Pen and brown ink, 300 x 210 mm. Signed and dated ALBERTO / MARTINI / AM /1923 at bottom left, titled COLPI DEMOLITORI at bottom right.
This is the original drawing by Martini illustrated in A. Martini, Trentuno fantasie bizzarre e crudeli precedute dalla diabolica immagine di Niccolò Paganini e dall’autoritratto dell’uomo pallido, / Trentasei disegni inediti /, Milan 1924, plate 2.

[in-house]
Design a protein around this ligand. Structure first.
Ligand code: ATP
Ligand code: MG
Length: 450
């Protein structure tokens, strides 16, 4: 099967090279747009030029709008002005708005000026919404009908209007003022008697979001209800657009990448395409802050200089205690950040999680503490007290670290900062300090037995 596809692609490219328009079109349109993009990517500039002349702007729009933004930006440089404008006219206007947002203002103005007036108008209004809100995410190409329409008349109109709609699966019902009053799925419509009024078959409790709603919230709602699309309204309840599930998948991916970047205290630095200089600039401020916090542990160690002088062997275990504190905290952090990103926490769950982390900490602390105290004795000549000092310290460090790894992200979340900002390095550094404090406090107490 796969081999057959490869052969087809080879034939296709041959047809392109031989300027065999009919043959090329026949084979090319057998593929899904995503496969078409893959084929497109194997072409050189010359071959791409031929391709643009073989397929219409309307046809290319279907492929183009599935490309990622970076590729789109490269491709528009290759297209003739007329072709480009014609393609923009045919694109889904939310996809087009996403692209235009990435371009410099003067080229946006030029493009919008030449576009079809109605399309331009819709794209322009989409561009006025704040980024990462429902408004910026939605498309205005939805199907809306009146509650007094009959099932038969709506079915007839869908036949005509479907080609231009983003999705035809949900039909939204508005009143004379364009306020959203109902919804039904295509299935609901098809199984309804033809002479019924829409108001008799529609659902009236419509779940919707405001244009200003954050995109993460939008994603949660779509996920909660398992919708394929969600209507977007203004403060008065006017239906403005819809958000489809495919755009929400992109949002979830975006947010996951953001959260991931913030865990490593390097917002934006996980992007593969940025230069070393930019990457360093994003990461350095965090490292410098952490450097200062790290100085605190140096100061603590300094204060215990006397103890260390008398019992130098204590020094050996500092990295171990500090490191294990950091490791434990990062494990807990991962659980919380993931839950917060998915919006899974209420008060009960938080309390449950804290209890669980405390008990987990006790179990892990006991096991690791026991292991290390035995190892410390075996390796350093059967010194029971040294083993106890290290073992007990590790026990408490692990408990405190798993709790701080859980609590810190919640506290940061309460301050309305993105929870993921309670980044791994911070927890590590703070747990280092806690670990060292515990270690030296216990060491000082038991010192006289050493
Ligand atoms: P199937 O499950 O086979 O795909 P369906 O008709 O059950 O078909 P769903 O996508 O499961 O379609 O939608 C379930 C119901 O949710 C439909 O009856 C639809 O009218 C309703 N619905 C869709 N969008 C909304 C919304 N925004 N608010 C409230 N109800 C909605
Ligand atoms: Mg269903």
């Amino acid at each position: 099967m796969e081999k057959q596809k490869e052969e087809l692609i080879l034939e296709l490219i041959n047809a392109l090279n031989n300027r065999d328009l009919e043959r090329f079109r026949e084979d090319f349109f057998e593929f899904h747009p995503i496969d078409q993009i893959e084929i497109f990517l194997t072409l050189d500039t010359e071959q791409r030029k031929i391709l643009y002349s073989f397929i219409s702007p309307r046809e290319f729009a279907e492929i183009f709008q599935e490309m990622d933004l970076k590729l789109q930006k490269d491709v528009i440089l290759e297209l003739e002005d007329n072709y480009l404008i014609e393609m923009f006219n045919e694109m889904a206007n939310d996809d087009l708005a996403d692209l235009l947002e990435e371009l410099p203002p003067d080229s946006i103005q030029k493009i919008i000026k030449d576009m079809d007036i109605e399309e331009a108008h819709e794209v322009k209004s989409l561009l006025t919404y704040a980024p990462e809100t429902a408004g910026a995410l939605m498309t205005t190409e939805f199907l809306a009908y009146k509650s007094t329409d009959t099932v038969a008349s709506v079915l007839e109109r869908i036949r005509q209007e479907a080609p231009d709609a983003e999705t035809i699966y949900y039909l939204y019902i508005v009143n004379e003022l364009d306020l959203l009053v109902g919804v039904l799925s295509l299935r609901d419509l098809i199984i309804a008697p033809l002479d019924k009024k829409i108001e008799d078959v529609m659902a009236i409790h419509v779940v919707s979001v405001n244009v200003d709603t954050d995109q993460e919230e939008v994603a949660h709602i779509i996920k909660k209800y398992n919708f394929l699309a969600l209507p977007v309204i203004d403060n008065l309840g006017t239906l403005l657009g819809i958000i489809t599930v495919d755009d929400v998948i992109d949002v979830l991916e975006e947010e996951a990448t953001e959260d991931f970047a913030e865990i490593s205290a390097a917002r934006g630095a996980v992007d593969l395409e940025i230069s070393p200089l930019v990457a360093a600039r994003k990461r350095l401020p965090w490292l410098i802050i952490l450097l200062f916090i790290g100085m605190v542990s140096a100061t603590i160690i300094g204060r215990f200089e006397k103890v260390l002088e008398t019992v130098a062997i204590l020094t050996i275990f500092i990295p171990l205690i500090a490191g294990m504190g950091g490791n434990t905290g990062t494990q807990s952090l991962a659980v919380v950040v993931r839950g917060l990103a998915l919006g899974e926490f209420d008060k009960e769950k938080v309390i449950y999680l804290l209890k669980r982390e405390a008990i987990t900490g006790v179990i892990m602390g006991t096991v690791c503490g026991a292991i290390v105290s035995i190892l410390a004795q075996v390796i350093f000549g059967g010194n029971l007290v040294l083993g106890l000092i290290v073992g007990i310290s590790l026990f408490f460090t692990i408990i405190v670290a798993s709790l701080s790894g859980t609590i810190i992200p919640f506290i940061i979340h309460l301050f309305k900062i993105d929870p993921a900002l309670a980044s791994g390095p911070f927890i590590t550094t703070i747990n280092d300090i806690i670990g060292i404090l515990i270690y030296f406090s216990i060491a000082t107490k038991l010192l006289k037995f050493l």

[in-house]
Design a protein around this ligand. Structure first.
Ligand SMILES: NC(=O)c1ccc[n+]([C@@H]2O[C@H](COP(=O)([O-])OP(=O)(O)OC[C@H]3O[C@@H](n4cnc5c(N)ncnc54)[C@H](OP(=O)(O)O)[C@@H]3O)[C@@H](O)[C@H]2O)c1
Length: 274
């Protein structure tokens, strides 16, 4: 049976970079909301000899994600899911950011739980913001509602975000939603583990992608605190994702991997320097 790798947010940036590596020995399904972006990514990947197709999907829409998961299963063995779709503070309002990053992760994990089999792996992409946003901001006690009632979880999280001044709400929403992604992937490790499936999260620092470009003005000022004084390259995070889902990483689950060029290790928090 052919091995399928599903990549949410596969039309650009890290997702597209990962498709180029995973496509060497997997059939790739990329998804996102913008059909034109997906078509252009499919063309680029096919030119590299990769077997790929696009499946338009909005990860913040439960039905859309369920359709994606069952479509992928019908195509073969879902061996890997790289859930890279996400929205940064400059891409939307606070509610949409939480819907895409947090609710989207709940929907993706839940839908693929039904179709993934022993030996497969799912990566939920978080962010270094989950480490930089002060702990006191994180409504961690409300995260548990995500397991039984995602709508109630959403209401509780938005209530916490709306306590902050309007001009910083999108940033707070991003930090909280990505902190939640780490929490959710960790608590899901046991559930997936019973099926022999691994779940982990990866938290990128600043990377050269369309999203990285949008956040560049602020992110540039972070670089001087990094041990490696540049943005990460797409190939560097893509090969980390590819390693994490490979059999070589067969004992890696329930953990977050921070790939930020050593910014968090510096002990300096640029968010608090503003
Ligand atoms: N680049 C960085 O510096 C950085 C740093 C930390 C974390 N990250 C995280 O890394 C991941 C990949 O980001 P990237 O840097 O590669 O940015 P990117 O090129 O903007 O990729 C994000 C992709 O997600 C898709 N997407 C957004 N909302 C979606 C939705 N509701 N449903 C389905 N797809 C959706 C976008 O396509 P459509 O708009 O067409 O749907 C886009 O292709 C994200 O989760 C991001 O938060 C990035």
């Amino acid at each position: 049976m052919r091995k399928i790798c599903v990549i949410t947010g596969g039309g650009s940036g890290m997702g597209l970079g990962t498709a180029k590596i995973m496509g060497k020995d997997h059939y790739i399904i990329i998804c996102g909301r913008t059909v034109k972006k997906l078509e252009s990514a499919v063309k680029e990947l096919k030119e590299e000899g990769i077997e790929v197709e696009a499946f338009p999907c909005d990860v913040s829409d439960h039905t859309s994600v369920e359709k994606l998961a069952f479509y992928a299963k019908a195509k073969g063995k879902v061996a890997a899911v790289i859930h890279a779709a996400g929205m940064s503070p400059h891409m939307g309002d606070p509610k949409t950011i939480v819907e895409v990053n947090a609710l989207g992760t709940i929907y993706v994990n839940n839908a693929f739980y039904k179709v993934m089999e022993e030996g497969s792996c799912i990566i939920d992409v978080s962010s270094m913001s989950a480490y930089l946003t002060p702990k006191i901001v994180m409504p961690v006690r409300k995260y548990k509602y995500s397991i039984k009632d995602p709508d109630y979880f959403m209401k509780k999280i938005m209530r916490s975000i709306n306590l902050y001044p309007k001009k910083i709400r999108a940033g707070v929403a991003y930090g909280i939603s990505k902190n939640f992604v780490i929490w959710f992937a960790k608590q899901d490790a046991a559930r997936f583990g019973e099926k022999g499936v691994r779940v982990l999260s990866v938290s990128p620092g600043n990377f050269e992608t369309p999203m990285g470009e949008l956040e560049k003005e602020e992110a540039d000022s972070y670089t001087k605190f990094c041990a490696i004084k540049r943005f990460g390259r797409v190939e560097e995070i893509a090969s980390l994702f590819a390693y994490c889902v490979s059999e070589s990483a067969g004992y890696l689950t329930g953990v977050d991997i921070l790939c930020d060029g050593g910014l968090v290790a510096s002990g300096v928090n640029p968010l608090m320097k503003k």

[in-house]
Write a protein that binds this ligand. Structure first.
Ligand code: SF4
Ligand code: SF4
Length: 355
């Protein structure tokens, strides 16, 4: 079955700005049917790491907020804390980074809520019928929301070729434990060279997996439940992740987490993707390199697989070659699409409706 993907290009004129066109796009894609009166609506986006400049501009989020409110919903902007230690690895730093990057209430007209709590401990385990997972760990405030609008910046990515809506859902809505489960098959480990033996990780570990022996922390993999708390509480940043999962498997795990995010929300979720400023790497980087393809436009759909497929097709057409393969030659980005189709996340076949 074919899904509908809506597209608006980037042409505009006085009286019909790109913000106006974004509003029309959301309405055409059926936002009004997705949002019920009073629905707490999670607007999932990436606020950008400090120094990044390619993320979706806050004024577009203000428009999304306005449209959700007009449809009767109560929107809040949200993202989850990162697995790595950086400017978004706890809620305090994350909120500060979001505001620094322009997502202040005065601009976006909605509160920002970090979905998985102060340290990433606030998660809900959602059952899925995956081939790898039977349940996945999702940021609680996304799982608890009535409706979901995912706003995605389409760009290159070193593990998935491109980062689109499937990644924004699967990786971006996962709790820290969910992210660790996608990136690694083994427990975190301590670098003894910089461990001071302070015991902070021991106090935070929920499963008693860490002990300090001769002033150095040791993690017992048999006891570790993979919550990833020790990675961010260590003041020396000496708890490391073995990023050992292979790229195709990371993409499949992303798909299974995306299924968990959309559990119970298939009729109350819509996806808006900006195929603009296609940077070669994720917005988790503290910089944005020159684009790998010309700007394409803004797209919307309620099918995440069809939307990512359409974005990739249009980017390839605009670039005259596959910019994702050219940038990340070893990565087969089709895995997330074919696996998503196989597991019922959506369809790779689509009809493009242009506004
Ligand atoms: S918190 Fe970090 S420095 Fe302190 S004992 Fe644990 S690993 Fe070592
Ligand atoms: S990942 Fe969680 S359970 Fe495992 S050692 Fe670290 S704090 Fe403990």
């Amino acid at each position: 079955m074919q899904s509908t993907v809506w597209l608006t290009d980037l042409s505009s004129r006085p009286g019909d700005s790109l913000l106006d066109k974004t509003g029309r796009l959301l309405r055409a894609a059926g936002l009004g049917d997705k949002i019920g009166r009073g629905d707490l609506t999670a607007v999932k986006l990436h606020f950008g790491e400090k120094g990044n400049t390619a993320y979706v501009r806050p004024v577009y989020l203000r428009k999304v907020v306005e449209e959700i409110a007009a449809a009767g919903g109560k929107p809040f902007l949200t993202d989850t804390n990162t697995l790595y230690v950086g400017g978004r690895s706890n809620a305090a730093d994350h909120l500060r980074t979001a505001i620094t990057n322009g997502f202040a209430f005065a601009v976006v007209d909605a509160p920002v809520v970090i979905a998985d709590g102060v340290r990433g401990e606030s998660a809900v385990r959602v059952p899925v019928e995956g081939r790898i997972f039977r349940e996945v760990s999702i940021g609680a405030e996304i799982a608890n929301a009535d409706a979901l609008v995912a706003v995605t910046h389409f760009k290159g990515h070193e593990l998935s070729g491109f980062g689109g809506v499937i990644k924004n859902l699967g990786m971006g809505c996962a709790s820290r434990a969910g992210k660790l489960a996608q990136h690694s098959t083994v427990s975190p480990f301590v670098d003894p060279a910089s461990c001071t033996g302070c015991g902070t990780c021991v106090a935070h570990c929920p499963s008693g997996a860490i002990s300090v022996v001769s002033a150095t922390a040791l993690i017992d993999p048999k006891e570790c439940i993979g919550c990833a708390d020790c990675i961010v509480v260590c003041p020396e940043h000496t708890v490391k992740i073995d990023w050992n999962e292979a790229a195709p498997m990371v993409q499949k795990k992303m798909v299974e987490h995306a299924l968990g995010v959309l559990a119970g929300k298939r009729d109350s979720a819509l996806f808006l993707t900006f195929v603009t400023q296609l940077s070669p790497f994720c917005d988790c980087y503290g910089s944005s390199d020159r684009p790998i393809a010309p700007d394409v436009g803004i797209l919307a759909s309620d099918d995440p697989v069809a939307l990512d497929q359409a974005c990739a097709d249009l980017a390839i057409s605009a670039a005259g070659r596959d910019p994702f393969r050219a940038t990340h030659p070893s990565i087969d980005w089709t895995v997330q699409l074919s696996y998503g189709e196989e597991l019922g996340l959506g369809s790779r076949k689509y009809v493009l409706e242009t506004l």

Alberto Martini received instruction in art from his father, Giorgio, who was portrait painter and a professor of drawing at the Istituto Tecnico in Treviso. Alberto's abilities as an illustrator were quickly recognized, and his work was included in the 1897 Venice Biennale. Martini's visit to Munich the following year proved crucial to his development. There he worked as an illustrator for the magazines Dekorative Kunst and Jugend. Martini's illustrations were strongly influenced by Northern Renaissance printmaking and draughtsmanship, in particular by Hans Baldung Grien. In 1901 he illustrated an edition of La Divina Commedia, and as from July 1905, produced 132 ink illustrations, described as macabre, for the stories of Edgar Allan Poe. His illustrations achieved an international reputation. Martini visited London in 1907, when he held a one-man show at the Leicester Gallery. The English publisher, William Heinemann, an admirer of Martini, organized a major exhibition of his work at the Goupil Gallery in 1914. Two further one-man shows were held at the Leicester Gallery in 1916 and 1918. Encouraged by the critic Vittorio Pica, who championed Martini's work enthusiastically for over 30 years, the artist took up pastels, executing numerous works interpreting the theme of woman as a butterfly, which he also explored in lithography. Martini's first involvement with the theatre came in 1919-20, He introduced innovations to theatre and set design which he illustrated and published in the book Il Tetiteatro in 1923. He became disappointed and resentful towards Italian critics who, in the late twenties, demonstrated apparent indifference to his work so in 1928 he moved to Paris. From 1929 to 1934 he produced a large number of paintings. He returned to Italy in 1934. Martini made his first etchings in 1898, but it was in the field of lithography that he made his most important prints. Between 1899 and 1900 he produced a set of 19 chromolithographic postcards and posters which reflected his knowledge of the Vienna Secession and of late Pre-Raphaelite art. Martini's earliest drypoints were made in 1910 -1911. The peak of his printmaking came in the period 1914 - 1916, when he worked closely with the Domenico Longo lithographic workshop in Treviso.